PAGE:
I returned from San Francisco last week. I’ve been to the Bay Area almost four of the past eight weeks; I’m getting to know my new coworkers at Google. While Google is based in Mountain View, I prefer to stay in San Francisco. It’s reminiscent of home.
One of the places I ate in San Francisco the first time I visited this year was Incanto, Chris Cosentino‘s shrine to offal meats. My friends and I had a fine time at his Noe Valley restaurant. This past visit I stopped by Boccalone, Cosentino’s meat shop in the San Francisco Ferry Building. I purchased a brown sugar and fennel salame. While I had some of it in San Francisco, I brought the rest of it to my friend Phil and Karen’s house. (Happy Birthday Karen!) The salame is chewy and has a strong fennel flavor. The sugar helps balance the strong flavors of the cure and fennel.
If you get out to San Francisco, I recommend checking out Incanto and Boccalone. The folks that work at both restaurants are passionate about the food they make and serve, and it shines in the flavor of the food and experience of dining and shopping.
When I visited Seattle in December, I was lucky to be able to take a tour of Theo Chocolate, an artisanal chocolate maker in the Fremont neighborhood. The previous time I visited Seattle, I had tried to go with my godson and his family, but we were unable to get tickets.
There is a waiting room and retail area in the front of the chocolate factory. In this image, Samuel, my godson, and Jen, my godson’s mother hang out in the front of the store.
The front room offers samples of all of their chocolate bars. Samuel enjoyed having chocolate as we waited for the tour to start. Everyone must wear a hairnet on the factory floor.
There are frequently people who reserve a space on the tour and don’t show up; Dan, Roan, and Audryn were able to join us at the last second.
Theo uses fair-trade and organic chocolate beans to make their chocolate. They produce confections from the bean to the bar. It’s fairly uncommon for a confectioner to make chocolate from the beginning to the end–most vendors focus either on making chocolate or on making confections. My understanding is that even Jacques Torres, perhaps the best confectioner in New York City, uses couverture for his bon-bons despite producing his own chocolate bars from beans.
Theo regularly visits their cacao manufacturers to make sure that they are adhering to fair-trade and organic standards.
The staff at Theo take quality control seriously. While it’s always important to have strong quality control, it’s especially important at Theo since they produce such small batches of chocolate. In the photo, you can see the device that is used to split the cacao beans in half and inspect the contents. Beans that do not make the cut for Theo but are still good enough to be used for larger production lines may be sold to other chocolate manufacturers.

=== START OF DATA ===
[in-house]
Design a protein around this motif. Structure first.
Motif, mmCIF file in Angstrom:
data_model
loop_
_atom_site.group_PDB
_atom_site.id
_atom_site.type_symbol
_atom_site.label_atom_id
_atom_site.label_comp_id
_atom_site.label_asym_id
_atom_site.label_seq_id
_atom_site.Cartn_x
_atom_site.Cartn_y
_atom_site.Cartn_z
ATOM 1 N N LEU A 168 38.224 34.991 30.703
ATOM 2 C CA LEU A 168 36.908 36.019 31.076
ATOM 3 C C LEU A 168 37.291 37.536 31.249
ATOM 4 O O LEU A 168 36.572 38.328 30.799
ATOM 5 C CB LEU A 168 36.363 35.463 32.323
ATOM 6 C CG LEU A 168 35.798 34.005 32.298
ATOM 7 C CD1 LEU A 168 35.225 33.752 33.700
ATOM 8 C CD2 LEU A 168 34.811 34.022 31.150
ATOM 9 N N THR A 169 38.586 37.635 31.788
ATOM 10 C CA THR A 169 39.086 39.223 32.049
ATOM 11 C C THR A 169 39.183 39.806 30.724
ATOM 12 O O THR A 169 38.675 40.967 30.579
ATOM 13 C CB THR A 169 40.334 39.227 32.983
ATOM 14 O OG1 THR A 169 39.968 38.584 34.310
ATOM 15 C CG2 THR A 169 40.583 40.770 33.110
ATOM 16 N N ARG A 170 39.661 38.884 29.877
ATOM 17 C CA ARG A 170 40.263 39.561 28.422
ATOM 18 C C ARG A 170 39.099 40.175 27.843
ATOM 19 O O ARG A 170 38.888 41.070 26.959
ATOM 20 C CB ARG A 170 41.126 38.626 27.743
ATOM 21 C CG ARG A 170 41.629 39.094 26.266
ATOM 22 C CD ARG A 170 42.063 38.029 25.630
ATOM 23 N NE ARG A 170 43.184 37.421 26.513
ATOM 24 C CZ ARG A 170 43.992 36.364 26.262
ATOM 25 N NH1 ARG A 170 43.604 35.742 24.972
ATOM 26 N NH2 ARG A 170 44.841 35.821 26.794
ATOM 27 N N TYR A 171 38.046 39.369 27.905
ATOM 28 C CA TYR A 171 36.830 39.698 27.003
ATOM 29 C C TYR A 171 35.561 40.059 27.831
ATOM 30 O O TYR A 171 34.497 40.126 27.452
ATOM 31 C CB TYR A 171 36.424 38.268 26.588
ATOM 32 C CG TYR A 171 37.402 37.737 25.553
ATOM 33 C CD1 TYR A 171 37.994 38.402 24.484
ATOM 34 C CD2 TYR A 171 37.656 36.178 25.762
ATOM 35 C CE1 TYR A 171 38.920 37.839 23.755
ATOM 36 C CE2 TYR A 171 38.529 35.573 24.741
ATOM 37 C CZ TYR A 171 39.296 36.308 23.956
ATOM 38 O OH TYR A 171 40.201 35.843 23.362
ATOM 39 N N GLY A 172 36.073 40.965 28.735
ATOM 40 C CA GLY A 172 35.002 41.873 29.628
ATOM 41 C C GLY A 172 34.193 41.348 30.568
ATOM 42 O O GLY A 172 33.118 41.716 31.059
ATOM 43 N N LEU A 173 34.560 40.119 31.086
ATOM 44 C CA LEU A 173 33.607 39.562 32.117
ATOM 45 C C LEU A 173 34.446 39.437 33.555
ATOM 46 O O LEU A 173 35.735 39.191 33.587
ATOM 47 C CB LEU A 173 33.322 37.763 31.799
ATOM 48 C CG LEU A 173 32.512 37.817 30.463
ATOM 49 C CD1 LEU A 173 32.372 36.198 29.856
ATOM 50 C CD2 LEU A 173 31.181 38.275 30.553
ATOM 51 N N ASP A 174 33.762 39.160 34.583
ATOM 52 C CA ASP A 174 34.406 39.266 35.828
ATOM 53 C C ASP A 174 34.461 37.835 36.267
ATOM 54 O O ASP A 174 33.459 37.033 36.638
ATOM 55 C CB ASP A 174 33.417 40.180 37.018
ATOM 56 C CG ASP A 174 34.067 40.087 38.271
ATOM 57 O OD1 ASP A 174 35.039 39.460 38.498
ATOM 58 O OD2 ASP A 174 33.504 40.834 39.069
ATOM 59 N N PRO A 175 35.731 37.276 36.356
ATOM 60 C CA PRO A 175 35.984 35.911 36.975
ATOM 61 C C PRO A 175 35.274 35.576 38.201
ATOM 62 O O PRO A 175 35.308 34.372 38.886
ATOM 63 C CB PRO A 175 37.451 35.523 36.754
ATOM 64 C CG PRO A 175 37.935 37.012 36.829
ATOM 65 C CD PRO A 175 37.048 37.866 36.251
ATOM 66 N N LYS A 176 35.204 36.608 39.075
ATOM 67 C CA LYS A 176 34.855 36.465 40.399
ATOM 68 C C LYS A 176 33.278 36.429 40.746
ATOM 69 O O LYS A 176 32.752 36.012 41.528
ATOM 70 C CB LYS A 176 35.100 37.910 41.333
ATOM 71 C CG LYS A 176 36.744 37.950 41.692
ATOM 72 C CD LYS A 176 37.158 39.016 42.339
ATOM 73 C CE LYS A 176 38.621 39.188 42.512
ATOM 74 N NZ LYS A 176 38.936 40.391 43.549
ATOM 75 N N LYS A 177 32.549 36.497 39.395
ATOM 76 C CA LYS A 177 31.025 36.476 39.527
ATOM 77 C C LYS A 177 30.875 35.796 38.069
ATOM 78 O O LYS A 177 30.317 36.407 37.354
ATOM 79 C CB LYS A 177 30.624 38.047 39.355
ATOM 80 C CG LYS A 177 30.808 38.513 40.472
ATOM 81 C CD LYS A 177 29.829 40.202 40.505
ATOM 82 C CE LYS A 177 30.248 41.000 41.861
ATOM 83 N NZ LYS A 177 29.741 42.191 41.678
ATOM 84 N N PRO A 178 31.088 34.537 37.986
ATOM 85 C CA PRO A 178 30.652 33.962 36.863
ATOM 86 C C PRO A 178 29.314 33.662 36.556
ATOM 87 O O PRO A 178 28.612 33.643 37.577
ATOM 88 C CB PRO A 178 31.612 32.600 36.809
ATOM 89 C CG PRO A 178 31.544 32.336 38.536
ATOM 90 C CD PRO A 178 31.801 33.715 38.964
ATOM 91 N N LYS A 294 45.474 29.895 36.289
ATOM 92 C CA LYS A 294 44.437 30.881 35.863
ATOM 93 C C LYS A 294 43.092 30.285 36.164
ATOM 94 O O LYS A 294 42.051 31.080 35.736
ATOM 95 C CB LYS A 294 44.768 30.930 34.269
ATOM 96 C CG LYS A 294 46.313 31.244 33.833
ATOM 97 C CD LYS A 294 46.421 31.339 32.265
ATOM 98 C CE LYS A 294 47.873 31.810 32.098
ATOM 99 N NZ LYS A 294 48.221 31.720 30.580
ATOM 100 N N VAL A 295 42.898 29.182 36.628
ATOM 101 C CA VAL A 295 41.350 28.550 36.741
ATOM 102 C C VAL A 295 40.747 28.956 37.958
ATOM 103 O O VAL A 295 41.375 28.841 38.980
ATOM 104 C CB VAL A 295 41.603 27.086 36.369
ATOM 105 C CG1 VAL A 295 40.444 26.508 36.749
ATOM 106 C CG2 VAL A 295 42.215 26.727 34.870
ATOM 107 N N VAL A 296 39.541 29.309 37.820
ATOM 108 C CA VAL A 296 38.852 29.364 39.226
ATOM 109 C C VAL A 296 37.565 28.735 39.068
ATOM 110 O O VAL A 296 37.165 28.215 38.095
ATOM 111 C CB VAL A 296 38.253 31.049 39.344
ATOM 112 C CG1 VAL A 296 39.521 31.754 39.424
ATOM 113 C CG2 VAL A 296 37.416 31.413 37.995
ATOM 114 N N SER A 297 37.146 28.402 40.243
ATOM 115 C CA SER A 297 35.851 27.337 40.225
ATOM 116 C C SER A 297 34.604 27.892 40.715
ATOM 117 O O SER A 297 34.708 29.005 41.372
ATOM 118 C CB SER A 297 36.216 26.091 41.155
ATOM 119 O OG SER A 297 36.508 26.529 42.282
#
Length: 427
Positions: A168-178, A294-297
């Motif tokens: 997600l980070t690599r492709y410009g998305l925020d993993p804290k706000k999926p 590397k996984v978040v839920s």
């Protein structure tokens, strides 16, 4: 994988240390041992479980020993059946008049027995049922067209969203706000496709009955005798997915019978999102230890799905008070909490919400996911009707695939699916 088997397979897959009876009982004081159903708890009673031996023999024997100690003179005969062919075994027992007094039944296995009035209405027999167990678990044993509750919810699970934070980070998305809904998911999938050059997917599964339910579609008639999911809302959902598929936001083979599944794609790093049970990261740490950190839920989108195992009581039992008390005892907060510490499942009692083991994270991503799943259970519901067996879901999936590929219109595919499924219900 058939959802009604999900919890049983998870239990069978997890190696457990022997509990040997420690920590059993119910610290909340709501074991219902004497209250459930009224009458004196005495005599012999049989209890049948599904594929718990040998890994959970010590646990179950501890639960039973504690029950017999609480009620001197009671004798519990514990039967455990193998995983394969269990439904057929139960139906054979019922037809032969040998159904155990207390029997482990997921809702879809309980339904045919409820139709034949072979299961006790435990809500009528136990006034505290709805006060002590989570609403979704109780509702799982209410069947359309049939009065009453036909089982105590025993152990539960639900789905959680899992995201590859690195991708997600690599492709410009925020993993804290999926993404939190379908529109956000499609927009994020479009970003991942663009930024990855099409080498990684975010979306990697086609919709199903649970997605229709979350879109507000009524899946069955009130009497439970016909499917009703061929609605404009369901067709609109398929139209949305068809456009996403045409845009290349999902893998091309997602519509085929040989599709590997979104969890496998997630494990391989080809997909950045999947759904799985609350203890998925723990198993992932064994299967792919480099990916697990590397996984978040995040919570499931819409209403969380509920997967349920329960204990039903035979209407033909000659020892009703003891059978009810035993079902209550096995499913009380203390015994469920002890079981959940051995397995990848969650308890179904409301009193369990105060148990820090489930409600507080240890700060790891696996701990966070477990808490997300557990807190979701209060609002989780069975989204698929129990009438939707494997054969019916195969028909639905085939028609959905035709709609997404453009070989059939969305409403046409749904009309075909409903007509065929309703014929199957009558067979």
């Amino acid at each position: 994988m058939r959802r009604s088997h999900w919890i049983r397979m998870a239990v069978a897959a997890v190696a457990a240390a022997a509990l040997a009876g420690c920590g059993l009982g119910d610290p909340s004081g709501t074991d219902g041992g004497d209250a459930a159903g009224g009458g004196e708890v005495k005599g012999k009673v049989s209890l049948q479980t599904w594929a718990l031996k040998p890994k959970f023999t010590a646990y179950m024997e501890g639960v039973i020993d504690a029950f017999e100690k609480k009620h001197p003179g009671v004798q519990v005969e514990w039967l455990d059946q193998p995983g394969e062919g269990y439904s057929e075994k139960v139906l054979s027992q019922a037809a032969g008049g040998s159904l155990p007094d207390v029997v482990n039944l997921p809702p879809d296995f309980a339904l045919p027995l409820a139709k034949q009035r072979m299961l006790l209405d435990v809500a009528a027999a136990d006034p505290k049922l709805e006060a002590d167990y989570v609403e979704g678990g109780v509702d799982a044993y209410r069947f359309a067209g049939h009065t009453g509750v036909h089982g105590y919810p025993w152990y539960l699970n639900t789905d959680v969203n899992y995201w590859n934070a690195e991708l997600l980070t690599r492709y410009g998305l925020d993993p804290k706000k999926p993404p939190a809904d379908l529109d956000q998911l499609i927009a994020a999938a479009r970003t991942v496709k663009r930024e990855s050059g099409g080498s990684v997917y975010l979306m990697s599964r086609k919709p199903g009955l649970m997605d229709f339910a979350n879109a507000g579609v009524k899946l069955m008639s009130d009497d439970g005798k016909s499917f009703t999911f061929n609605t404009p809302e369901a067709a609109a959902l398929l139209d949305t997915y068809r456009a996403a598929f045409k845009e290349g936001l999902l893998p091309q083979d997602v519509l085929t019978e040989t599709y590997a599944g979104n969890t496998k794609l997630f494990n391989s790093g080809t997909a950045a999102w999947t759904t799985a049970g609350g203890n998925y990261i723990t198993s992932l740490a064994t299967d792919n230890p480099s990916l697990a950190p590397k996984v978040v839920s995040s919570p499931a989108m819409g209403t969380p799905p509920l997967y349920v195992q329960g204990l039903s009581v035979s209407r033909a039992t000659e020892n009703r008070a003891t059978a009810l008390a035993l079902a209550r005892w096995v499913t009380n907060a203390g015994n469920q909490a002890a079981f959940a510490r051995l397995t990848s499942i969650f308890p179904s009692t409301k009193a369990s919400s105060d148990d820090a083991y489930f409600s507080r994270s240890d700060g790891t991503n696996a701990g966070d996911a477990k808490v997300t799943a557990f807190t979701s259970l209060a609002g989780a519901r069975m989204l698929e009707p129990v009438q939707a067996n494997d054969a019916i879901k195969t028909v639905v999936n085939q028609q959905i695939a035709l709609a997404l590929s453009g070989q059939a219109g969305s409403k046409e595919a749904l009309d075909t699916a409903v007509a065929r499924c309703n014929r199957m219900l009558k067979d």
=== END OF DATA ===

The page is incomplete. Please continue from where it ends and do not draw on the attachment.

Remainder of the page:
What was striking to me about the factory floor at Theo was that it was actually a factory with heavy manufacturing equipment. While roasting the cacao bean may seem similar to roasting a coffee bean, the process is very different. As distinct from coffee beans, the cacao bean will be processed much more than just a simple roast and grind. Impressively, the factory floor and equipment were spotless. I almost thought there would be a secret door where the “real” grimy, noisy factory was kept. But the one I saw was clearly not for show.
While bars are produced using another machine, the individual bon-bons (or truffles) may be produced by hand. There is another room beyond the factory store where people work to temper the chocolate and create bon-bons.
Everyone had a great time at Theo Chocolates. This photo of Andrew, Samuel’s father; Jen; and Samuel was taken just outside of the factory.
I left Seattle the day after the chocolate factory tour; I had a great time there. It gets damp in Seattle, and the dew clings to the leaves of a sage plant in front of Samuel’s house in the morning.
I try to travel to Seattle at least once per year. There are at least a dozen or more friends of mine who ended up in Seattle for one reason or another, and it’s always a pleasure to see them. I’m always amazed by how quickly time passes–until I just did the math right now, I didn’t realize that I’ve known many of my Seattle friends for almost twenty years!
I flew to Seattle from Las Vegas for $80 on Virgin America. It’s unclear to me how Virgin America is making money. The flight was terrific, but it was also only half full. I had to switch planes in San Francisco, but I didn’t mind. I enjoy Virgin America’s flights.
I visited Seattle well before their terrible winter storms that shut down most of the city–if anything, it was unseasonably warm, pleasant, and dry. Seattle rarely has the torrential downpours of the northeast, but it frequently is covered by a gray, steady misty drizzle of rain that manages to float underneath any rain coat or umbrella. Which is why many Seattle residents never carry an umbrella.